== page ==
This the yacht at sunset on a peaceful days end,
Near the end the weather had turned and the sky darkened at sunset
I had a lot of the little Yellow-faced Honeyeater photos to chose from
The hard one was Z. Luckily I remembered the flower photos and dug out this lovely Zinnia. It is a pale yellow variety.
See what other people found for their Y or Z photos
I have gone for a plant theme for Cee’s Fun Foto Challenge: All One Colour look here for other fabulous all one colour photos.
Some photos are close, some are just some of my favourites.
My abstract banana leaf
The red leaf of the Red Cordyline
The old Fan Palm frond
The fern frond all in a line
I love Zinnias
Red berries in the morning sun
The wonderful yellow Day Lily
One of my favourite Australian native plant, the Purple Fringe Lily
I enjoy travelling on the back roads where you can discover all sorts of things, plus it’s a great way to find where “that road” goes, which often is a surprise. Some roads are dead ends, some are gravel and some lead to the beach, so lets see what I found recently. The last time I went to the beach everyone enjoyed that day. Seat belts on and off we go.
One of the main things you have to do is take notice of the road safety signs, even if it does mean you have to be aware of Koalas on bikes.
One photo I wanted to take was one of cattle and Cattle Egrets. Luckily it was a rainy day so there were some cattle just resting with egrets hanging around. Just love the one which poked its head up.
At one stop, a cow decided to come over and check out what I was doing, mooing very loudly, until I pointed the camera at her.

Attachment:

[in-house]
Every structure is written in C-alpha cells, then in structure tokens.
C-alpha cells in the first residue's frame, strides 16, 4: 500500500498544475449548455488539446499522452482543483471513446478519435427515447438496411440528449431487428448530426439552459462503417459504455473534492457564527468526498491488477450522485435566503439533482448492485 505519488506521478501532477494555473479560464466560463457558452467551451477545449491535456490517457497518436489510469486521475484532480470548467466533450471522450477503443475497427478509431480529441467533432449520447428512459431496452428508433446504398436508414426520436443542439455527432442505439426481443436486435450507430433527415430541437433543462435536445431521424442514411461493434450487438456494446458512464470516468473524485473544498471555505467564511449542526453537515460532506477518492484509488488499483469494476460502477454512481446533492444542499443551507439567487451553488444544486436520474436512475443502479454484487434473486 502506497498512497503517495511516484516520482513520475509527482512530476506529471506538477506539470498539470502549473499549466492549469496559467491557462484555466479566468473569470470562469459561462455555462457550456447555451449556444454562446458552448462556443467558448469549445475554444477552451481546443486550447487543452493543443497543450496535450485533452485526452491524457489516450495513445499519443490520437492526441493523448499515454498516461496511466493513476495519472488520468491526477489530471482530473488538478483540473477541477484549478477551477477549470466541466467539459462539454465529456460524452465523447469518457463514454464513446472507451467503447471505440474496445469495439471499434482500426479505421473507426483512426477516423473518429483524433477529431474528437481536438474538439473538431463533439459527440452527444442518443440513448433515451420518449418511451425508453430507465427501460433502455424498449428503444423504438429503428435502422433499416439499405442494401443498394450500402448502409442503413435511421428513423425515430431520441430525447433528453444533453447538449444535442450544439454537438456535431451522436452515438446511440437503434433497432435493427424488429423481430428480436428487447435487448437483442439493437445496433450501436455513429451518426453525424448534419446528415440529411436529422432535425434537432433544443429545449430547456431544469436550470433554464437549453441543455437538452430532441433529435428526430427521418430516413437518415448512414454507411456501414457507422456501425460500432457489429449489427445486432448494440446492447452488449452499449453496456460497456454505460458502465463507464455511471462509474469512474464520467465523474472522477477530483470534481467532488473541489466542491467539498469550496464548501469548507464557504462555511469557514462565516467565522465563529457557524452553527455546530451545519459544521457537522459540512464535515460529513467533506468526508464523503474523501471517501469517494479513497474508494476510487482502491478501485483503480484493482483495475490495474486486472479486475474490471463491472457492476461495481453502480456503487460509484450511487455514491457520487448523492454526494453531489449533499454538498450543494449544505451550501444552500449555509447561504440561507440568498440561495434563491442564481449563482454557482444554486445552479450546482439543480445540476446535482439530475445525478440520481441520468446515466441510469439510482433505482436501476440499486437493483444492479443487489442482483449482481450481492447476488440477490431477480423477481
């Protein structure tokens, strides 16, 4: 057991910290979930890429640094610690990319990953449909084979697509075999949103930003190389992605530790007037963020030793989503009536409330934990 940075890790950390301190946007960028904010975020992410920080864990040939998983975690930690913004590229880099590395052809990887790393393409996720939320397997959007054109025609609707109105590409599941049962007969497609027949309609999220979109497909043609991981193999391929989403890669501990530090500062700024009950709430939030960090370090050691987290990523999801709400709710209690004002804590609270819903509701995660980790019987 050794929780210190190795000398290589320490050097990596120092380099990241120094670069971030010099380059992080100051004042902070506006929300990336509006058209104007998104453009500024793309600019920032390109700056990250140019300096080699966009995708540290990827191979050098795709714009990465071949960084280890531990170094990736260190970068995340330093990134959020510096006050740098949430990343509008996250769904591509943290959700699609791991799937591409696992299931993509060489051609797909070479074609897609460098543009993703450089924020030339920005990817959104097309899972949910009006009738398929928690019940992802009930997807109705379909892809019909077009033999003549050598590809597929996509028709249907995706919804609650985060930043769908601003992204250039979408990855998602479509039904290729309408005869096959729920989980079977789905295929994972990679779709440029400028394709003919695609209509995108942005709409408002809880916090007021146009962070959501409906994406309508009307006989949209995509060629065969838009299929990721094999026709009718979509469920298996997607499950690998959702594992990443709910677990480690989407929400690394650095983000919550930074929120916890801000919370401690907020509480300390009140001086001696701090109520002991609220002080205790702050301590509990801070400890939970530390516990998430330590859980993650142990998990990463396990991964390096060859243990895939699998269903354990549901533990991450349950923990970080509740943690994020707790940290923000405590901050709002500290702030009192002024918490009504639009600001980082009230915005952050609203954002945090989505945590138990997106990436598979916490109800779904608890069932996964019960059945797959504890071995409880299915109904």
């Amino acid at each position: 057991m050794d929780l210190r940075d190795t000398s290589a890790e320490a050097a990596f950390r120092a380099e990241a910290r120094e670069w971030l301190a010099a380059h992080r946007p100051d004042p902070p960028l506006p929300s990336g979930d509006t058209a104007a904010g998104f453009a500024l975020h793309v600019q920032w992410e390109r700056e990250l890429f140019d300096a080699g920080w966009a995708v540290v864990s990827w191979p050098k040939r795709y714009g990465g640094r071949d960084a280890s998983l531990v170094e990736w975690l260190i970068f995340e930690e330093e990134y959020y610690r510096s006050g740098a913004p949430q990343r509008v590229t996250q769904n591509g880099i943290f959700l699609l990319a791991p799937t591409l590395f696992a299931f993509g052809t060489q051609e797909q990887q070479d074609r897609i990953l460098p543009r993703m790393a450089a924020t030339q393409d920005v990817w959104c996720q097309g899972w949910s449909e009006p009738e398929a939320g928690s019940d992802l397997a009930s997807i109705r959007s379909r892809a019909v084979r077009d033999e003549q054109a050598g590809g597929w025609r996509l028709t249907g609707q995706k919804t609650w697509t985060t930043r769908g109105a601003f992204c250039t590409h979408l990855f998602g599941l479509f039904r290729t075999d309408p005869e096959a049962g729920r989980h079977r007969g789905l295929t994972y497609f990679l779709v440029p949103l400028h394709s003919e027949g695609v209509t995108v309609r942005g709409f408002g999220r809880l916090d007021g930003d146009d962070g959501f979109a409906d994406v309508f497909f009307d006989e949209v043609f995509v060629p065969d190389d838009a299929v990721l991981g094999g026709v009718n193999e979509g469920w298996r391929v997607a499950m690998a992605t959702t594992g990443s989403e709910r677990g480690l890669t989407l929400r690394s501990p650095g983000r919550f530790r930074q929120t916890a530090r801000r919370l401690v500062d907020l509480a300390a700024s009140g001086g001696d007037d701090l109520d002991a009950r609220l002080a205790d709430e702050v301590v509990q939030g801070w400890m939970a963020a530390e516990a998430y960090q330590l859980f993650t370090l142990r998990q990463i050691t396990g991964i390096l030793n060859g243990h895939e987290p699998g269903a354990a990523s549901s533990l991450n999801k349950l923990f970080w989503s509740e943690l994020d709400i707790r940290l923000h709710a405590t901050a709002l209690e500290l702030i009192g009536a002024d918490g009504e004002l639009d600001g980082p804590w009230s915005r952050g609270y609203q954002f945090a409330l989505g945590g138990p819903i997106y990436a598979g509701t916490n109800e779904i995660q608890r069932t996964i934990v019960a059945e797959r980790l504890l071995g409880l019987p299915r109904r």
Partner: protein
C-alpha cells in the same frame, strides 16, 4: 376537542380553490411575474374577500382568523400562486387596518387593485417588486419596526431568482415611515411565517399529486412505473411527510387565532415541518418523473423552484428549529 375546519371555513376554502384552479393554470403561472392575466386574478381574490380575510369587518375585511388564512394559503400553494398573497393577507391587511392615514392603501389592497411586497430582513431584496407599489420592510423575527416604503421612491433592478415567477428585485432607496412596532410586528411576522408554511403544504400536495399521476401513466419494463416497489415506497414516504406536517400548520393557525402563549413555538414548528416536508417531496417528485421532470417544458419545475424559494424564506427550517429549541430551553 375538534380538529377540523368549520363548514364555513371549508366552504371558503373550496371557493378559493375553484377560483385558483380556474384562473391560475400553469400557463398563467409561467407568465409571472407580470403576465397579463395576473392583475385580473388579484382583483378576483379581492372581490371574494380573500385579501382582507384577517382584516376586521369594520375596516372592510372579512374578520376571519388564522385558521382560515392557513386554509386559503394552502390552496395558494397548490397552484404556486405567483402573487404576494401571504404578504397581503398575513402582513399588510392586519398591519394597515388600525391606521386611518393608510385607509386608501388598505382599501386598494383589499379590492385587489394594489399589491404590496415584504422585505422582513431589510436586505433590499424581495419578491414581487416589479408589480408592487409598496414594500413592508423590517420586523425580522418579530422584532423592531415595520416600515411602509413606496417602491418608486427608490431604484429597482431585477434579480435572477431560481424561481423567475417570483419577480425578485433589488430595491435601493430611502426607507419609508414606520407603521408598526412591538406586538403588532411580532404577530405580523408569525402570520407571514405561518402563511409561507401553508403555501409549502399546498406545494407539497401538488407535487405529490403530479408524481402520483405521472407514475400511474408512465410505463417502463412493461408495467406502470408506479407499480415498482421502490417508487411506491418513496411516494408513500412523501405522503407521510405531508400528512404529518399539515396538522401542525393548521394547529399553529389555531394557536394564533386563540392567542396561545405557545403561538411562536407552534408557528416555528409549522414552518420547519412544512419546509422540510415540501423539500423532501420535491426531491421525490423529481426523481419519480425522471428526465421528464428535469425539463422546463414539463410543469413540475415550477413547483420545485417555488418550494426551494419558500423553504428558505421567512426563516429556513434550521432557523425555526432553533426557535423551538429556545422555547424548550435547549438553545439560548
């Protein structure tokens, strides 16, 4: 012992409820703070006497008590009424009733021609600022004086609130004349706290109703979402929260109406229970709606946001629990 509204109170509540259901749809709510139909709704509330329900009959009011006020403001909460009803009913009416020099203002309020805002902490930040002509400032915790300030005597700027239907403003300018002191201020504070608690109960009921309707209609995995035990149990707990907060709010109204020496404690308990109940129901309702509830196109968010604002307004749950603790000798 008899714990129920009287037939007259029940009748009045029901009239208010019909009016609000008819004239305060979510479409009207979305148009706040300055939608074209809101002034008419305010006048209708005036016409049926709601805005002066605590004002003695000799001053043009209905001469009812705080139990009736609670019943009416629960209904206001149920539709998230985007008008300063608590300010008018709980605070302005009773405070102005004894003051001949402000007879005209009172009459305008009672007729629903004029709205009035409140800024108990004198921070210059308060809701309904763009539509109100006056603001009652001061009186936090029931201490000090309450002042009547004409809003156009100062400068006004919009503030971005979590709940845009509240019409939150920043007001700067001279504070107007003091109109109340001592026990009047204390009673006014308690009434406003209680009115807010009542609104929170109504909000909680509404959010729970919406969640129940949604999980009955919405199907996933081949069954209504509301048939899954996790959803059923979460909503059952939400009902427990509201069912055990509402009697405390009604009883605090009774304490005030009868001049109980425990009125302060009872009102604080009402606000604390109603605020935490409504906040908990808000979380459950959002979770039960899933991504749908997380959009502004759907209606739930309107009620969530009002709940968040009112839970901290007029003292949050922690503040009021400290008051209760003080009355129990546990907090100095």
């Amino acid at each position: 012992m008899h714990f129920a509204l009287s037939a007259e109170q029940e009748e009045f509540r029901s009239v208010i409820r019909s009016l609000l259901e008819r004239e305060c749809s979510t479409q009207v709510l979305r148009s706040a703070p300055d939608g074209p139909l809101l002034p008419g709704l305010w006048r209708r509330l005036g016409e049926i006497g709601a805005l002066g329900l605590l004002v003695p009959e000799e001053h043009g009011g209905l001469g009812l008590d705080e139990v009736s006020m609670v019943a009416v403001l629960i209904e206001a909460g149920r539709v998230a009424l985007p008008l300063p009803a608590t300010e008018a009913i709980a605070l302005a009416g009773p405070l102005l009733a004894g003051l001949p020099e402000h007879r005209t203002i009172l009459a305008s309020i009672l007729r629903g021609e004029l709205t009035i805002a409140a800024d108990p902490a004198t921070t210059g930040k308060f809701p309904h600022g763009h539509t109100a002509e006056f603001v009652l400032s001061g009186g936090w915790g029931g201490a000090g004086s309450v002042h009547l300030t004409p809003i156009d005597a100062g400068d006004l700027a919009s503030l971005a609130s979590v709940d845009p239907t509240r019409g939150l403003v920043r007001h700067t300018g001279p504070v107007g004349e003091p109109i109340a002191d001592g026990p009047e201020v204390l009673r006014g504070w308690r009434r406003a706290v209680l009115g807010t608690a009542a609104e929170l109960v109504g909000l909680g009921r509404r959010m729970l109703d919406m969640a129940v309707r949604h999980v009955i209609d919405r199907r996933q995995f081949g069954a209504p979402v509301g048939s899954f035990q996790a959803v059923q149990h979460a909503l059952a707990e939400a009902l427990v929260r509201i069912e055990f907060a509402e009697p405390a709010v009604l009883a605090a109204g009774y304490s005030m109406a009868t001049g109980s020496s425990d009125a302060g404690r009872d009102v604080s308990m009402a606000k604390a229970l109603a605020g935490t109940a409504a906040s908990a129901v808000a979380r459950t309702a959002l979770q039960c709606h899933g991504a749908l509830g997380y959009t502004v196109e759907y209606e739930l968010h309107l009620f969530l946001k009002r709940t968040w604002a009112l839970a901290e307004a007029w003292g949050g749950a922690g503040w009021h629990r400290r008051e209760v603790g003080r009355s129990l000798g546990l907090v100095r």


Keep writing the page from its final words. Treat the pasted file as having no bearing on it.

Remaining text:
There are always flowers. These are quite spectacular.
A lone Zinnia looking quite beautiful.
On the track through the dunes where a Dunecare group planted a lot of plants, which have stabilised the dunes, was a Marengo which have the most fantastic leaves, The wind was blowing so the full leaf was hard to capture so a close-up was just as good.
Once down on the sand, trying to stay out of the sand blasting, I noticed that there was a Pelican floating around on the current.
The Pelican was soon joined by lots of seagulls
And then there were Terns speeding along the breakwall, flying up high and then dropping out of the sky into the water as well.
The Terns seemed to go ever so high into the sky
Before plunging into the water. I just couldn’t time it right to get the entry but have lots of photos of splashes.
Next a flock of Cormorants arrived to help to herd the fish into the shallow water.
And everyone took advantage of the Cormorants fishing skills.
In this photo, I think the Tern is a Little Tern in the bottom right.
So after a while the Pelican wasn’t alone.
On the drive home, the Moon looked very surreal.
Thanks for taking the drive with me along the back roads in the rain and down to the beach.